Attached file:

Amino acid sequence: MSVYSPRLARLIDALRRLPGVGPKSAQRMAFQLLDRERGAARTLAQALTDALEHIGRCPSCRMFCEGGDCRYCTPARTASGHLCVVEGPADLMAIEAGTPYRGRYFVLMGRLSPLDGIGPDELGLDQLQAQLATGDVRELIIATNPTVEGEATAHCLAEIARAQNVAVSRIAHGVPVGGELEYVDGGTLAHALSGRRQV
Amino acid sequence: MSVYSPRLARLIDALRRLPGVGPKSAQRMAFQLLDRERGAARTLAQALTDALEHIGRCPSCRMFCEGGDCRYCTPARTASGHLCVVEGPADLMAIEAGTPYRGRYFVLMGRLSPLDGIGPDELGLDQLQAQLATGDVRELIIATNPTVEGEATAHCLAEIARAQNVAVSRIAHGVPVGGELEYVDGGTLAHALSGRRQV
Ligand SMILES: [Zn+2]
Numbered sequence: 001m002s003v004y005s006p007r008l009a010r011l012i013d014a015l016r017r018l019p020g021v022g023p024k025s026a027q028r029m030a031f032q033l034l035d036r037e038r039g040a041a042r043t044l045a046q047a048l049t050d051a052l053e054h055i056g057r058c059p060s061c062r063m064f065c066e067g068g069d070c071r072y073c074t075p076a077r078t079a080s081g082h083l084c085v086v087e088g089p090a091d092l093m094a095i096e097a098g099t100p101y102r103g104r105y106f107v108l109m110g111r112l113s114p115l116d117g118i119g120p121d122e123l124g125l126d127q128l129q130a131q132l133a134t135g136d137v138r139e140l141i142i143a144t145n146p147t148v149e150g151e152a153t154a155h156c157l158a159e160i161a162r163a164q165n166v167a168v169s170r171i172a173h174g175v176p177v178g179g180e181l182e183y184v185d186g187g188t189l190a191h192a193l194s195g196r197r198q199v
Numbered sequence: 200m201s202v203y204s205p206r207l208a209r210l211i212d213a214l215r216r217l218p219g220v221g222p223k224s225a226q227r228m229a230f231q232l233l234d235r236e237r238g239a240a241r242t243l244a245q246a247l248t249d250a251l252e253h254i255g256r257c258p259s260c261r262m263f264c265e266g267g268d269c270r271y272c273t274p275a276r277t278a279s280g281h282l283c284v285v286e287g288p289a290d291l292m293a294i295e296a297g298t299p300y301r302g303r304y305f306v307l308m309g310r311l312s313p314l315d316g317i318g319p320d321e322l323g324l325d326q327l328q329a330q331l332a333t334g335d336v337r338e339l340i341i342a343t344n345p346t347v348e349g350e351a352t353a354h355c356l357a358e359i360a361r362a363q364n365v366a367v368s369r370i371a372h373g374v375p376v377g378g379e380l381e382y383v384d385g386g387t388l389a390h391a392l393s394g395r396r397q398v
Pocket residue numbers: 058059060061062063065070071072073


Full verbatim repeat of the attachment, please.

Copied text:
Amino acid sequence: MSVYSPRLARLIDALRRLPGVGPKSAQRMAFQLLDRERGAARTLAQALTDALEHIGRCPSCRMFCEGGDCRYCTPARTASGHLCVVEGPADLMAIEAGTPYRGRYFVLMGRLSPLDGIGPDELGLDQLQAQLATGDVRELIIATNPTVEGEATAHCLAEIARAQNVAVSRIAHGVPVGGELEYVDGGTLAHALSGRRQV
Amino acid sequence: MSVYSPRLARLIDALRRLPGVGPKSAQRMAFQLLDRERGAARTLAQALTDALEHIGRCPSCRMFCEGGDCRYCTPARTASGHLCVVEGPADLMAIEAGTPYRGRYFVLMGRLSPLDGIGPDELGLDQLQAQLATGDVRELIIATNPTVEGEATAHCLAEIARAQNVAVSRIAHGVPVGGELEYVDGGTLAHALSGRRQV
Ligand SMILES: [Zn+2]
Numbered sequence: 001m002s003v004y005s006p007r008l009a010r011l012i013d014a015l016r017r018l019p020g021v022g023p024k025s026a027q028r029m030a031f032q033l034l035d036r037e038r039g040a041a042r043t044l045a046q047a048l049t050d051a052l053e054h055i056g057r058c059p060s061c062r063m064f065c066e067g068g069d070c071r072y073c074t075p076a077r078t079a080s081g082h083l084c085v086v087e088g089p090a091d092l093m094a095i096e097a098g099t100p101y102r103g104r105y106f107v108l109m110g111r112l113s114p115l116d117g118i119g120p121d122e123l124g125l126d127q128l129q130a131q132l133a134t135g136d137v138r139e140l141i142i143a144t145n146p147t148v149e150g151e152a153t154a155h156c157l158a159e160i161a162r163a164q165n166v167a168v169s170r171i172a173h174g175v176p177v178g179g180e181l182e183y184v185d186g187g188t189l190a191h192a193l194s195g196r197r198q199v
Numbered sequence: 200m201s202v203y204s205p206r207l208a209r210l211i212d213a214l215r216r217l218p219g220v221g222p223k224s225a226q227r228m229a230f231q232l233l234d235r236e237r238g239a240a241r242t243l244a245q246a247l248t249d250a251l252e253h254i255g256r257c258p259s260c261r262m263f264c265e266g267g268d269c270r271y272c273t274p275a276r277t278a279s280g281h282l283c284v285v286e287g288p289a290d291l292m293a294i295e296a297g298t299p300y301r302g303r304y305f306v307l308m309g310r311l312s313p314l315d316g317i318g319p320d321e322l323g324l325d326q327l328q329a330q331l332a333t334g335d336v337r338e339l340i341i342a343t344n345p346t347v348e349g350e351a352t353a354h355c356l357a358e359i360a361r362a363q364n365v366a367v368s369r370i371a372h373g374v375p376v377g378g379e380l381e382y383v384d385g386g387t388l389a390h391a392l393s394g395r396r397q398v
Pocket residue numbers: 058059060061062063065070071072073